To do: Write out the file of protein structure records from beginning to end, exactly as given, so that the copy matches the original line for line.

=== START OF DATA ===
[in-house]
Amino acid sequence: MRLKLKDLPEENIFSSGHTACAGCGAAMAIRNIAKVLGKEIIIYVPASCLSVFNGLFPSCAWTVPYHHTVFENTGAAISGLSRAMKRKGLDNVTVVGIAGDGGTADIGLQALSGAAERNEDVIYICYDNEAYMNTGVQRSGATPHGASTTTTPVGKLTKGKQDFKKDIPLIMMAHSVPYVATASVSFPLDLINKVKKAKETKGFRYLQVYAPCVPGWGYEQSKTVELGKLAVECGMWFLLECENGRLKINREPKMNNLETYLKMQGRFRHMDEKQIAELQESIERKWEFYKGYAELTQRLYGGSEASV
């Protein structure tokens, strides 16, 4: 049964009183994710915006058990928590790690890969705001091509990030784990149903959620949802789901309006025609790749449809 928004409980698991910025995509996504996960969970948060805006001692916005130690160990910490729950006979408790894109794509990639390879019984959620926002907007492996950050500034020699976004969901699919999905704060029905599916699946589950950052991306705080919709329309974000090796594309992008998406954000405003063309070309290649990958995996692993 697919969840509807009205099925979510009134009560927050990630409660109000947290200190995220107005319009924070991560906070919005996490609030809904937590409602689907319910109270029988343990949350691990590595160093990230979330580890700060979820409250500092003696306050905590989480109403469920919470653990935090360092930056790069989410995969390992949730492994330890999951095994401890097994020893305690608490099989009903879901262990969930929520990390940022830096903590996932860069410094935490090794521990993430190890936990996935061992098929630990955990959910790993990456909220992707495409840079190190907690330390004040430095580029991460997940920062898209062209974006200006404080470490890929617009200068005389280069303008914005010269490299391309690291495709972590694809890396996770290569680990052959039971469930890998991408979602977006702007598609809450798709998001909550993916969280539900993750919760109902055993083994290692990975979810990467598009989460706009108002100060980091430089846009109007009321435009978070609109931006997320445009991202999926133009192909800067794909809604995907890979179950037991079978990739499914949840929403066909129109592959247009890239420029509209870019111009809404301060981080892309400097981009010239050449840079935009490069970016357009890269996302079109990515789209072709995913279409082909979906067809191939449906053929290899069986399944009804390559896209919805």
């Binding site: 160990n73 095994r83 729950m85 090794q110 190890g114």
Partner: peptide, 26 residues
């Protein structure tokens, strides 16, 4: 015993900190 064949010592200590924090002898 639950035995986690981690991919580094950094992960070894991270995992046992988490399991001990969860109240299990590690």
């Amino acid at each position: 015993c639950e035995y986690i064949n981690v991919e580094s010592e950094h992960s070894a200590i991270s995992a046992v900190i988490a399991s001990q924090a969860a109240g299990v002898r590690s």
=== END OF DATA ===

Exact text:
[in-house]
Amino acid sequence: MRLKLKDLPEENIFSSGHTACAGCGAAMAIRNIAKVLGKEIIIYVPASCLSVFNGLFPSCAWTVPYHHTVFENTGAAISGLSRAMKRKGLDNVTVVGIAGDGGTADIGLQALSGAAERNEDVIYICYDNEAYMNTGVQRSGATPHGASTTTTPVGKLTKGKQDFKKDIPLIMMAHSVPYVATASVSFPLDLINKVKKAKETKGFRYLQVYAPCVPGWGYEQSKTVELGKLAVECGMWFLLECENGRLKINREPKMNNLETYLKMQGRFRHMDEKQIAELQESIERKWEFYKGYAELTQRLYGGSEASV
């Protein structure tokens, strides 16, 4: 049964009183994710915006058990928590790690890969705001091509990030784990149903959620949802789901309006025609790749449809 928004409980698991910025995509996504996960969970948060805006001692916005130690160990910490729950006979408790894109794509990639390879019984959620926002907007492996950050500034020699976004969901699919999905704060029905599916699946589950950052991306705080919709329309974000090796594309992008998406954000405003063309070309290649990958995996692993 697919969840509807009205099925979510009134009560927050990630409660109000947290200190995220107005319009924070991560906070919005996490609030809904937590409602689907319910109270029988343990949350691990590595160093990230979330580890700060979820409250500092003696306050905590989480109403469920919470653990935090360092930056790069989410995969390992949730492994330890999951095994401890097994020893305690608490099989009903879901262990969930929520990390940022830096903590996932860069410094935490090794521990993430190890936990996935061992098929630990955990959910790993990456909220992707495409840079190190907690330390004040430095580029991460997940920062898209062209974006200006404080470490890929617009200068005389280069303008914005010269490299391309690291495709972590694809890396996770290569680990052959039971469930890998991408979602977006702007598609809450798709998001909550993916969280539900993750919760109902055993083994290692990975979810990467598009989460706009108002100060980091430089846009109007009321435009978070609109931006997320445009991202999926133009192909800067794909809604995907890979179950037991079978990739499914949840929403066909129109592959247009890239420029509209870019111009809404301060981080892309400097981009010239050449840079935009490069970016357009890269996302079109990515789209072709995913279409082909979906067809191939449906053929290899069986399944009804390559896209919805």
């Binding site: 160990n73 095994r83 729950m85 090794q110 190890g114």
Partner: peptide, 26 residues
């Protein structure tokens, strides 16, 4: 015993900190 064949010592200590924090002898 639950035995986690981690991919580094950094992960070894991270995992046992988490399991001990969860109240299990590690």
């Amino acid at each position: 015993c639950e035995y986690i064949n981690v991919e580094s010592e950094h992960s070894a200590i991270s995992a046992v900190i988490a399991s001990q924090a969860a109240g299990v002898r590690s």